None of them reported any overt evidence of an urban migration—at least not yet. Demand for homes in their already heated real estate markets, however, has markedly increased in the last few months, at the same time overall moves across the U.S. have dropped, according to a COVID-19 migration report.
This is a summary of our conversations with each of these officials.
Streckenbach, a lifelong area resident, has been the Brown county executive since 2011. Pandemic or not, he anticipates no major population change in the 2020 census.
However, Streckenbach has noticed a marked demand for homes in the urban areas of Brown County, including Green Bay. The market for homes priced between $150,000 and $250,000 is even stronger than it has been for the last two or three years. Homes in this normally less fluid, less available price range aren’t staying on the market very long, he said. While there has been no thorough analysis of the housing demand, it seems to Streckenbach it is consistent with a migration into Brown County.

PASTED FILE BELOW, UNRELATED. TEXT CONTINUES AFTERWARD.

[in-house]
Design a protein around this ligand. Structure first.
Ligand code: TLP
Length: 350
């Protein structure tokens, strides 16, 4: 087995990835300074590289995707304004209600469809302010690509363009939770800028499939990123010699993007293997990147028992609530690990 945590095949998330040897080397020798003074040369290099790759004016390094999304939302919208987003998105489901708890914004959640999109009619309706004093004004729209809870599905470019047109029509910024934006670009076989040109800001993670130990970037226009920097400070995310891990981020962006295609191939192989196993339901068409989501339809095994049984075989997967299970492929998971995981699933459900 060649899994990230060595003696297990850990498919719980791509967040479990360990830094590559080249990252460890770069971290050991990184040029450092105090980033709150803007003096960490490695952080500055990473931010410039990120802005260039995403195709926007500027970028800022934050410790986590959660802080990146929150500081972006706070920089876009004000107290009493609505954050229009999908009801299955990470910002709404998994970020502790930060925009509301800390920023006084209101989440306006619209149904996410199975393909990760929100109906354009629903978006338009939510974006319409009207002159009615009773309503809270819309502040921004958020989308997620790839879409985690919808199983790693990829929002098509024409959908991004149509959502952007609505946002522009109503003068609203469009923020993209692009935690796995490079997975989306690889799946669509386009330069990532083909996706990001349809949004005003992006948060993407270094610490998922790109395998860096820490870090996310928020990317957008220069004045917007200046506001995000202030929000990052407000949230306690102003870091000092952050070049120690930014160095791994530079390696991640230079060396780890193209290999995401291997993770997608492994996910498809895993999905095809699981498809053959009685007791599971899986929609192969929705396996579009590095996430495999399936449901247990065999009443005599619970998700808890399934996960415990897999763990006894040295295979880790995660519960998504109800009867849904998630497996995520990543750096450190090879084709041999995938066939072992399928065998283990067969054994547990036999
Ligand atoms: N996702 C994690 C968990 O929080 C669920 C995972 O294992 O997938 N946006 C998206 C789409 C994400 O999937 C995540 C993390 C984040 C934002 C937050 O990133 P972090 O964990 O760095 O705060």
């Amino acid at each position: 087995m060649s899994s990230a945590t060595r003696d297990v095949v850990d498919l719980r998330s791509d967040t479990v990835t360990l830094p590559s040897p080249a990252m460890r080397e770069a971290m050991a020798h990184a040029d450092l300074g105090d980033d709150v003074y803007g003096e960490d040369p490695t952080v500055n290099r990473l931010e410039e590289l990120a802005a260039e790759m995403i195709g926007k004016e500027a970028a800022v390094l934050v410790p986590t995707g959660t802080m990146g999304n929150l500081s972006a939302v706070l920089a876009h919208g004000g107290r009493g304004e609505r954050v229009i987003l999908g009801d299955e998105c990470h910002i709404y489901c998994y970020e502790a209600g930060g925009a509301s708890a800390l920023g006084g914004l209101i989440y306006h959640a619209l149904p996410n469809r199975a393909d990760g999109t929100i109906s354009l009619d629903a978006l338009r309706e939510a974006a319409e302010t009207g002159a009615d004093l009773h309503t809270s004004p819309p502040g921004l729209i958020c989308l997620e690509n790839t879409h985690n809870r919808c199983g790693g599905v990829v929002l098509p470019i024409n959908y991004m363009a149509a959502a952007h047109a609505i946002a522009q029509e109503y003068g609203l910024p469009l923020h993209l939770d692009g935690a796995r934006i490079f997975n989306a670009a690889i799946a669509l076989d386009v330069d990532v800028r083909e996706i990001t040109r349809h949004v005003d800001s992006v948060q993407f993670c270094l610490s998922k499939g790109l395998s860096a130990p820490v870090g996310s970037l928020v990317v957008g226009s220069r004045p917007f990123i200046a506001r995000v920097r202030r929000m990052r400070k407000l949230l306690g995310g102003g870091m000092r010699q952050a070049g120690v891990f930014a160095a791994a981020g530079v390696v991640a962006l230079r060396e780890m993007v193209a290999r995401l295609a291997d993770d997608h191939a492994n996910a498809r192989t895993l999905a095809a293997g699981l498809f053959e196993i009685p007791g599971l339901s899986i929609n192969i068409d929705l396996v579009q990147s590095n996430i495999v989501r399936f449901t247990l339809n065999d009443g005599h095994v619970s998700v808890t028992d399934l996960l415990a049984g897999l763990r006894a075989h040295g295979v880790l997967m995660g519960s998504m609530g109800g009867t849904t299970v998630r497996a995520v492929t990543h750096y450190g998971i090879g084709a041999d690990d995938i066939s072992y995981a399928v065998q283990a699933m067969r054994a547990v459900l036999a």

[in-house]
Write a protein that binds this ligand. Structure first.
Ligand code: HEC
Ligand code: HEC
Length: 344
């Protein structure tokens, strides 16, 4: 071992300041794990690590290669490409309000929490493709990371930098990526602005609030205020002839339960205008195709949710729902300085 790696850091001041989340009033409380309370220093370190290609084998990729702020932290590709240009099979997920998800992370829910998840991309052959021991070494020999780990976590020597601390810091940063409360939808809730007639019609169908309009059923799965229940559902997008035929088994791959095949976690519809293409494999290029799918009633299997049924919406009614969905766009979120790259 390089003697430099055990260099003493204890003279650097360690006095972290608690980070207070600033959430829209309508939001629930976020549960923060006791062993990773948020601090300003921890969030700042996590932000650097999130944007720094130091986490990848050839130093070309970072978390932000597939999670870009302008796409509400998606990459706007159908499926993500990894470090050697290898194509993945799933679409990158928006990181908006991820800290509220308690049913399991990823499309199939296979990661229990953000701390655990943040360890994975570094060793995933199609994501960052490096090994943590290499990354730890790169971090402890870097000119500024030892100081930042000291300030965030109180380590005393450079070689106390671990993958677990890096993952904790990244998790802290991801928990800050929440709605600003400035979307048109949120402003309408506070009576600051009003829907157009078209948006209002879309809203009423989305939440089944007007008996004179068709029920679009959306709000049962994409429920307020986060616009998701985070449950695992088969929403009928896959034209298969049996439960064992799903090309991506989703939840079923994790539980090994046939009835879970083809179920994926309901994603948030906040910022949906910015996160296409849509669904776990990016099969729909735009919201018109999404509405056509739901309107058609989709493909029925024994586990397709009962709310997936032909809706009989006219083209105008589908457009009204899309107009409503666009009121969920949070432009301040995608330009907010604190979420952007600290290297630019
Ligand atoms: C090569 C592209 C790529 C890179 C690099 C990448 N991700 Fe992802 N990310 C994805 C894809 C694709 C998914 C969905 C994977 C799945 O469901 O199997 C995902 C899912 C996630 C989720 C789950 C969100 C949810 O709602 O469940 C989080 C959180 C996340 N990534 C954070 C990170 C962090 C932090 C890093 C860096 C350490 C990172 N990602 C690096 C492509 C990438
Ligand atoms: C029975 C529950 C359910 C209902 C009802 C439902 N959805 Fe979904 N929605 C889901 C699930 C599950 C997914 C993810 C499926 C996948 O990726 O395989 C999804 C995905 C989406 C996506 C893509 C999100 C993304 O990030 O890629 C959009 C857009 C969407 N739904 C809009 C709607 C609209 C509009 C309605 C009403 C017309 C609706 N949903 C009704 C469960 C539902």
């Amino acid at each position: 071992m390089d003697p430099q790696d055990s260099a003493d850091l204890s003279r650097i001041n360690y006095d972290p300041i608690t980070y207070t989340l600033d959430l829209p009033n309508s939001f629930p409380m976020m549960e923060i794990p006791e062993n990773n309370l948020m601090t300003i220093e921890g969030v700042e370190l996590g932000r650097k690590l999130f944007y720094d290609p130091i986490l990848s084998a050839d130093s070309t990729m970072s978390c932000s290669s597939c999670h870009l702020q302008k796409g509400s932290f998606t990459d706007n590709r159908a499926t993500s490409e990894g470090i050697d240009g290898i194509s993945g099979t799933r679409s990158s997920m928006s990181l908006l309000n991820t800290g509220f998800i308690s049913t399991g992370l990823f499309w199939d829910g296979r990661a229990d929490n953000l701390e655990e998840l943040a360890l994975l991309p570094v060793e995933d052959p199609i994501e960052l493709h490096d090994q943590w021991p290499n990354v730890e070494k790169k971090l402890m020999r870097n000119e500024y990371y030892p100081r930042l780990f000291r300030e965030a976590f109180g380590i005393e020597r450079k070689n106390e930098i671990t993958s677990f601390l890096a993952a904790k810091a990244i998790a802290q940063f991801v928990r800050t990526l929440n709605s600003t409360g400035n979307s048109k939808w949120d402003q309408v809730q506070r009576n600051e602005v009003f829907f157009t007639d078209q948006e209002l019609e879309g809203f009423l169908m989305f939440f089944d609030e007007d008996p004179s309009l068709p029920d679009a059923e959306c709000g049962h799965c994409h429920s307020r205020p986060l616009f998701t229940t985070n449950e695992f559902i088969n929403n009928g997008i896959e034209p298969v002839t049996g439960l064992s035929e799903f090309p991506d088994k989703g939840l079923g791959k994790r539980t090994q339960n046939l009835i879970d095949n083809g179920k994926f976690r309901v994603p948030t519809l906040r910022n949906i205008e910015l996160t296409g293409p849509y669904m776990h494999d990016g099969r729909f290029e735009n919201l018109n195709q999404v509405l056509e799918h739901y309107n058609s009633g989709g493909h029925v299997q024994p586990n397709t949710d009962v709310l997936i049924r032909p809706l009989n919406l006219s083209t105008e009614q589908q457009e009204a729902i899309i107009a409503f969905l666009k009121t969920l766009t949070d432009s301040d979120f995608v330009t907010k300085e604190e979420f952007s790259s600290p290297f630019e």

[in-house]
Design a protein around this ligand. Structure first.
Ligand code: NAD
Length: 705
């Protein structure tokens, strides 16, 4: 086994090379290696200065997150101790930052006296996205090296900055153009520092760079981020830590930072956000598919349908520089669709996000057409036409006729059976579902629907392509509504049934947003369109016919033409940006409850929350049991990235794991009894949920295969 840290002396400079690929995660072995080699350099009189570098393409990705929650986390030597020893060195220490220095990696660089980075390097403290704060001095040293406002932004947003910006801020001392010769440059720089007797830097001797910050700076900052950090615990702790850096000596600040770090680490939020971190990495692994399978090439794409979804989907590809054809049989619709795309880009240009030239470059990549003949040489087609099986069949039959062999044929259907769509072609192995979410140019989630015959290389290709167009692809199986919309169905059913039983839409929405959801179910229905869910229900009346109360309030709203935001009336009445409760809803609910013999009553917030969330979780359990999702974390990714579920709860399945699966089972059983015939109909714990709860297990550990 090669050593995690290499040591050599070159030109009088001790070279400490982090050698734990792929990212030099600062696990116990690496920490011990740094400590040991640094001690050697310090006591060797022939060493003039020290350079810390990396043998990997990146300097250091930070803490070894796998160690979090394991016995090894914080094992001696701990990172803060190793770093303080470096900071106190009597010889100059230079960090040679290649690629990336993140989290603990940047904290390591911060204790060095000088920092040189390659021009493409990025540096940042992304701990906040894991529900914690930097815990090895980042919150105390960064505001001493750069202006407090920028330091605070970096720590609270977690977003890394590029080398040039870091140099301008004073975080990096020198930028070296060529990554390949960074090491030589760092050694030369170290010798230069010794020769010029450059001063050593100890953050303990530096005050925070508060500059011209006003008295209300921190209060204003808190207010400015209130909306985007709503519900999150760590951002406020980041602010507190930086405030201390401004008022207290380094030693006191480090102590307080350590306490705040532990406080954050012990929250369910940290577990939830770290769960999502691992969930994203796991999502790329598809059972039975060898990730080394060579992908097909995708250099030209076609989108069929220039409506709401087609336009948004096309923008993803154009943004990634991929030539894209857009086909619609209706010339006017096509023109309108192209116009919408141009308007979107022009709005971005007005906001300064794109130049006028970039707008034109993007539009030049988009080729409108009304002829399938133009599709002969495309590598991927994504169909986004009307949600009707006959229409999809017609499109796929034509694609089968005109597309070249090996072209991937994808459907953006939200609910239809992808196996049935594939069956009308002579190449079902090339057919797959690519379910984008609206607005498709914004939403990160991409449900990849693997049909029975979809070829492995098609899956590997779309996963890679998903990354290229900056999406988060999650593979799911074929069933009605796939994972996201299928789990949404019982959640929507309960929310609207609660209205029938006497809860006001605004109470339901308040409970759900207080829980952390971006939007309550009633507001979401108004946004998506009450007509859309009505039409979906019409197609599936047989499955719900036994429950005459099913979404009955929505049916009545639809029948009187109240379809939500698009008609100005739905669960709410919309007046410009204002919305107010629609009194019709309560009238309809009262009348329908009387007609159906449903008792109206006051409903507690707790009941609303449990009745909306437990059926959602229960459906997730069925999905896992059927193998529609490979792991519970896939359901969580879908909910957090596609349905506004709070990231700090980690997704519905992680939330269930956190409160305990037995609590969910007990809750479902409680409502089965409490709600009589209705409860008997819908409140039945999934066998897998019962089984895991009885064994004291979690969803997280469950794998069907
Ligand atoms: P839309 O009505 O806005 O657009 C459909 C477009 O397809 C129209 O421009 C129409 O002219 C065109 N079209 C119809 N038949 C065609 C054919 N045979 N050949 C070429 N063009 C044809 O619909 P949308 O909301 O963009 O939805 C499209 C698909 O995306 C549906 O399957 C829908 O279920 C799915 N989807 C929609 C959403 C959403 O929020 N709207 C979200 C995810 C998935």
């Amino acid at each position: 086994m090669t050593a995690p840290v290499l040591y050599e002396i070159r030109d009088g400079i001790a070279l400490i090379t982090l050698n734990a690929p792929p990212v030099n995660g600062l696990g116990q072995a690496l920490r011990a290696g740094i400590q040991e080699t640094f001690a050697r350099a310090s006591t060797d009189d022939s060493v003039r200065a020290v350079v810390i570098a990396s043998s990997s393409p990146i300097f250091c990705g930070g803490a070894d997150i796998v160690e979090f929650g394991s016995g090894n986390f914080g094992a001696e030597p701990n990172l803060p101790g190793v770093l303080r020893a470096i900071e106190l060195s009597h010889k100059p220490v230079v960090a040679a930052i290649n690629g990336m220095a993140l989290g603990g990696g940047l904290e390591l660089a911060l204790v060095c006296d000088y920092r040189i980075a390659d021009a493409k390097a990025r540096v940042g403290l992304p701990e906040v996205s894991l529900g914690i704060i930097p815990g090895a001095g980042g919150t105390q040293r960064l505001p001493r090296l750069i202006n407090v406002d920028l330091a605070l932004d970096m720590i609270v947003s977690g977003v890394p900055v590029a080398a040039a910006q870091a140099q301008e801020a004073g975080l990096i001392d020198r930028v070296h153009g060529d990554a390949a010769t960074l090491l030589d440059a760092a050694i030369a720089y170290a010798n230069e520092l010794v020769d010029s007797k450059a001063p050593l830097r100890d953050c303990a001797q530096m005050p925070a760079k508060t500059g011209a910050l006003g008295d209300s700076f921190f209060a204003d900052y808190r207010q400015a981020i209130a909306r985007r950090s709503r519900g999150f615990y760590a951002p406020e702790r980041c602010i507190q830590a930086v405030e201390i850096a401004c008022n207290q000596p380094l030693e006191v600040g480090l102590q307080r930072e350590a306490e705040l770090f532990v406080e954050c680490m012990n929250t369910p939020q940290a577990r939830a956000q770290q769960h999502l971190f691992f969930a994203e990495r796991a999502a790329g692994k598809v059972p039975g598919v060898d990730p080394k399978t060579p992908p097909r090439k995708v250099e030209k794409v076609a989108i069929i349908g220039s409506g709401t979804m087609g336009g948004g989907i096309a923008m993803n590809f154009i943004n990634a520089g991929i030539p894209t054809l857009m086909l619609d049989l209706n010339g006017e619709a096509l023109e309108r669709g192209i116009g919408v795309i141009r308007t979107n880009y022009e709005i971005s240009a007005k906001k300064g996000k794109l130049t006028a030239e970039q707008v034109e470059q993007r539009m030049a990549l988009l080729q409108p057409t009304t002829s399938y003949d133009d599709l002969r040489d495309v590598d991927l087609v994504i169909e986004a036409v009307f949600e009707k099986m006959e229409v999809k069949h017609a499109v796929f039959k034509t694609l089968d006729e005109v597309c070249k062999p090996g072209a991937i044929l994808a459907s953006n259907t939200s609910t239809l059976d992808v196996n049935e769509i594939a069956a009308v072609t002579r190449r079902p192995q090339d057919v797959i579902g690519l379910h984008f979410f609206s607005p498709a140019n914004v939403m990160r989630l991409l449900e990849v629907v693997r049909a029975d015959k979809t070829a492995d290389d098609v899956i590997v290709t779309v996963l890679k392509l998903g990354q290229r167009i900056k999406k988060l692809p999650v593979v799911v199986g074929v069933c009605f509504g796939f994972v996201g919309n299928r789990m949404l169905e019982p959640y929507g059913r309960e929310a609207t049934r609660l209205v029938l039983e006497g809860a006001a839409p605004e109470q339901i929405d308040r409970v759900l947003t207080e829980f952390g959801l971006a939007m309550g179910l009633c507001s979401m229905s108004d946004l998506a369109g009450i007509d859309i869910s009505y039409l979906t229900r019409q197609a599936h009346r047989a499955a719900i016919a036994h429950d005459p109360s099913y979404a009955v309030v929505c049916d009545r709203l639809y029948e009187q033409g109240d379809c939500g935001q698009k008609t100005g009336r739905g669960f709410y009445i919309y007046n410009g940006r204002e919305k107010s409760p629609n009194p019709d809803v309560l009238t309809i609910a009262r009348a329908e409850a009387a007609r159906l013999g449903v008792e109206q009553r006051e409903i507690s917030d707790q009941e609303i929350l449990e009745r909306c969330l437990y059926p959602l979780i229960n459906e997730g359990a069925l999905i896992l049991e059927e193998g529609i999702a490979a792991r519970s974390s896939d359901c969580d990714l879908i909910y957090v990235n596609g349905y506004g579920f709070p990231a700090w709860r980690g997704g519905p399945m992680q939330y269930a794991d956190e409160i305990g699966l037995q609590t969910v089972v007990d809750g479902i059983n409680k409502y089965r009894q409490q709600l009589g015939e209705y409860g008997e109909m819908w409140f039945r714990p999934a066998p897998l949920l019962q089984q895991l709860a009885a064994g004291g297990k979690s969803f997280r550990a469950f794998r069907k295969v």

Balancing a real estate surge is an estimated $14 million weekly economic hit from the NFL’s decision to have the Packers play its games without the usual sellout at Lambeau Field. Hotels and renters to fans, many of whom live outside of Brown County, will bear the brunt of this COVID-19 calculation, he said.
The 2020 census will most likely show Fort Atkinson at a population standstill. But like Brown County, Becker told us that while he hasn’t seen more people moving in, after a stall at the beginning of COVID-19 in March and April real estate demand is up. Homes in the upper price ranges are being snapped up above asking price within 24 hours of going on the market, something Becker hasn’t seen before.